Warzone players may have noticed an increase in FFAR 1 and Cold War Tactical Rifle Charlie loadouts in recent games, and for good reason. The FFAR combined SMG-levels of rapid-fire bullet hosing with the accuracy of an assault rifle, while the Cold War Tactical Rifle Charlie (henceforth to be referred to by its real name, the AUG) combined long-range stopping power with the recoil of a newborn baby.
As with most metas, we were seriously getting tired of it, so Ravensoft has decided to change things up in the latest patch.
Both the FFAR 1 and the AUG are getting more serious nerfs. The FFAR’s ADS speed has been significantly decreased to make it less snappy, while the AUG has had its recoil increased for the second time in a week.
“The FFAR’s wholesale efficacy has it edging out SMGs at ranges we’re not satisfied with,” wrote Ravensoft in the patch notes. “Ideally, the FFAR fulfills the role of a mid-range dominator while falling prey to weapons that excel in short-range engagements. We are bringing the FFAR a bit more in line with what you might expect from an AR—damage and range at the cost of handling.”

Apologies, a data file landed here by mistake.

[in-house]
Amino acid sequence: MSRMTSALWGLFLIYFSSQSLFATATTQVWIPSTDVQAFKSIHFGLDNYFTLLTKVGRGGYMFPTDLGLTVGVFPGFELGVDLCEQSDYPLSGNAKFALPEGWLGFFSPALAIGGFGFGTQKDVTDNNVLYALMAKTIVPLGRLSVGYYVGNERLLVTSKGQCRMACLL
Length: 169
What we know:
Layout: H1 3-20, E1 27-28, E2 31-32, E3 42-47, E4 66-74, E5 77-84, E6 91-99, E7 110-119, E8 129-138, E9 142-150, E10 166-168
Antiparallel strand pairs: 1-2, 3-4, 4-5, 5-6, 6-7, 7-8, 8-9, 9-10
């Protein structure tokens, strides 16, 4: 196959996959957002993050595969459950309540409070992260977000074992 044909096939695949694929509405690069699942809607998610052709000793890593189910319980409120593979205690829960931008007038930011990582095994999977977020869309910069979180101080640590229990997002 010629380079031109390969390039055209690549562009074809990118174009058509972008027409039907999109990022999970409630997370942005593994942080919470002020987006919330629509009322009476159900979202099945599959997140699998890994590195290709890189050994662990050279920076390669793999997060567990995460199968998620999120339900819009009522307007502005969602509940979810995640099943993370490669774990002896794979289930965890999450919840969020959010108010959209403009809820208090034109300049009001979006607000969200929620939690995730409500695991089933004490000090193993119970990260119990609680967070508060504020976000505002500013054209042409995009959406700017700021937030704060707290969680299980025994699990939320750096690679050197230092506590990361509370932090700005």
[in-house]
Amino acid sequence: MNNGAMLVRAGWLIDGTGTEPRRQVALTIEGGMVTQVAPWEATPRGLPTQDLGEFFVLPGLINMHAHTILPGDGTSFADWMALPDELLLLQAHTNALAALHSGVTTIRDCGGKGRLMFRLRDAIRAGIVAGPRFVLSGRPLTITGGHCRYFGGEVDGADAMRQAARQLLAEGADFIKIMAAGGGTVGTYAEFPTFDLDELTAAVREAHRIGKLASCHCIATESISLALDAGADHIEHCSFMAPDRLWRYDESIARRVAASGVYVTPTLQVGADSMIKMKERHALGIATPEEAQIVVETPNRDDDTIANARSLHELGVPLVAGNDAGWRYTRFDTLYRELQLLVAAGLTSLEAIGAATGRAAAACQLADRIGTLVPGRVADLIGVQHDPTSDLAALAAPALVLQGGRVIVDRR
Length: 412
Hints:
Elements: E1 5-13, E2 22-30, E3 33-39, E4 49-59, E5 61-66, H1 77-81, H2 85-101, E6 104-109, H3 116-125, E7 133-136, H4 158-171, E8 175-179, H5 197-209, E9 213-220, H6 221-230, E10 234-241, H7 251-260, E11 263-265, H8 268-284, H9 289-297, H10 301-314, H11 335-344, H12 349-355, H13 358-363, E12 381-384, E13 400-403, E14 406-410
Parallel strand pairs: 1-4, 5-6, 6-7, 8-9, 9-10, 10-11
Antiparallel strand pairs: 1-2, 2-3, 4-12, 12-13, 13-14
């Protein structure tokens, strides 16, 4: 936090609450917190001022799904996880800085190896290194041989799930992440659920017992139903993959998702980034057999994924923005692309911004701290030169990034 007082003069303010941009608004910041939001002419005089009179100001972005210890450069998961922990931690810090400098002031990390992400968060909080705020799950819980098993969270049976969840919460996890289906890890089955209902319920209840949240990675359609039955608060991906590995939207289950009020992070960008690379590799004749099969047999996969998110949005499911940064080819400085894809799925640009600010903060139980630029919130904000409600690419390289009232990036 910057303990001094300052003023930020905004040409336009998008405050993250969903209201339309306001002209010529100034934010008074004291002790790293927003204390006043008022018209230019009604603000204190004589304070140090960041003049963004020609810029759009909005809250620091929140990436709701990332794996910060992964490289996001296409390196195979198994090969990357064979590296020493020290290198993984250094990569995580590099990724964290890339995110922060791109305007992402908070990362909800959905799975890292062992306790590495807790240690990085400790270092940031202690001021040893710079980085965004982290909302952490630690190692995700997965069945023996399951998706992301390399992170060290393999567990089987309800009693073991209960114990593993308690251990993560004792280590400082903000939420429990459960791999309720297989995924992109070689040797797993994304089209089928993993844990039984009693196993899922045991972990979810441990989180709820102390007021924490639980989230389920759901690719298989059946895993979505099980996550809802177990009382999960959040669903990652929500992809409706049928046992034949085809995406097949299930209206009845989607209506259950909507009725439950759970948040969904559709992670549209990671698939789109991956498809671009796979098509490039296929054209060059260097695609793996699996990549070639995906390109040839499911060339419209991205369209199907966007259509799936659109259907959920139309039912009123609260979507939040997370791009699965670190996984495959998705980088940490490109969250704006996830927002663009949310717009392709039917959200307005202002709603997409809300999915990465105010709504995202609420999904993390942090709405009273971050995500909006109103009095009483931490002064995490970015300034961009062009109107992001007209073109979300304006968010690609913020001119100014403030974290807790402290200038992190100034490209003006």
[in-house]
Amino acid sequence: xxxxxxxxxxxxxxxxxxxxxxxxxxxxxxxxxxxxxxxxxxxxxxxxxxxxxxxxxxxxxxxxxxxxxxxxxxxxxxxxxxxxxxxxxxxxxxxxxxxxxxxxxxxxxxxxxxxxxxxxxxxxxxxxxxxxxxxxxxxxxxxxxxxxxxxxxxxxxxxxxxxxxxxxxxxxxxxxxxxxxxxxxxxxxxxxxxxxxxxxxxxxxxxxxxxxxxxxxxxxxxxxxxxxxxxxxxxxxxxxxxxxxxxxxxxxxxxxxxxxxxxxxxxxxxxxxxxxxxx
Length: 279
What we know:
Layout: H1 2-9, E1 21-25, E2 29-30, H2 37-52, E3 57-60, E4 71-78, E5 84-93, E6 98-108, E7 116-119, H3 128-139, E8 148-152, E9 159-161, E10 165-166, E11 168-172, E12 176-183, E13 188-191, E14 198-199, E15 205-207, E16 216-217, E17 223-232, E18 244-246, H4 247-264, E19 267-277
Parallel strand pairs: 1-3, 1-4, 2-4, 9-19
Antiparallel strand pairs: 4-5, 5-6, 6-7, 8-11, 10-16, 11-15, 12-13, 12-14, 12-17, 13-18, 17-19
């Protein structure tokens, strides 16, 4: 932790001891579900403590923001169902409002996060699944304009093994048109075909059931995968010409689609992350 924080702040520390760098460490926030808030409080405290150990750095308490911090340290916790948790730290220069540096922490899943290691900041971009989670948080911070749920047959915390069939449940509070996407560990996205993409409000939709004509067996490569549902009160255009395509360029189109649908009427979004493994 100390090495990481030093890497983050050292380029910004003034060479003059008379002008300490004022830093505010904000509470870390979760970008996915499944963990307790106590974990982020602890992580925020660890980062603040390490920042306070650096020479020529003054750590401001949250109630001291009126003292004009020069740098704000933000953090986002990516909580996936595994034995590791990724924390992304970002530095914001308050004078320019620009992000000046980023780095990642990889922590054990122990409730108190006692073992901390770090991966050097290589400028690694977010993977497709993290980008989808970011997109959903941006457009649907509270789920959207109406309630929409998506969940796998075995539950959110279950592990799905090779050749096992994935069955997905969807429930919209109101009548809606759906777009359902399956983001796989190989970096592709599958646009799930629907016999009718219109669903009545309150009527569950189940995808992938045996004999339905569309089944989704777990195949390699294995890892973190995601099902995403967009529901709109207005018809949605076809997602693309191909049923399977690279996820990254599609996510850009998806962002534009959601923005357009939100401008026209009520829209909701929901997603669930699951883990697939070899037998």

Meanwhile, the AUG’s second recoil nerf will hopefully “maintain the weapon’s identity of being a powerhouse while making it a bit more difficult to wield.”
The rest of yesterday’s patch included several bug fixes. This includes a fix for the Ember Sighting Point, which would increase rather than decrease ADS speed on the XM4 and AK-47; fixing the Salvo Fast Mag so that it decreased ADS speed on the FFAR 1 and M16; a fix for all rear grip attachments to increase ADS rather than do nothing; and a fix for the 16.5” CMV Mil-Spec barrel, which was causing the Groza to completely ignore damage falloff.
In other Warzone news, choppers are still missing after causing players to become invisible. There’s no word on when minigun-equipped gunships will be returning to rain death from above.
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Actually a collective of 6 hamsters piloting a human-shaped robot, Sean hails from Toronto, Canada. Passionate about gaming from a young age, those hamsters would probably have taken over the world by now if they didn’t vastly prefer playing and writing about video games instead.
The hamsters are so far into their long-con that they’ve managed to acquire a bachelor’s degree from the University of Waterloo and used that to convince the fine editors at TheGamer that they can write “gud werds,” when in reality they just have a very sophisticated spellchecker program installed in the robot’s central processing unit.
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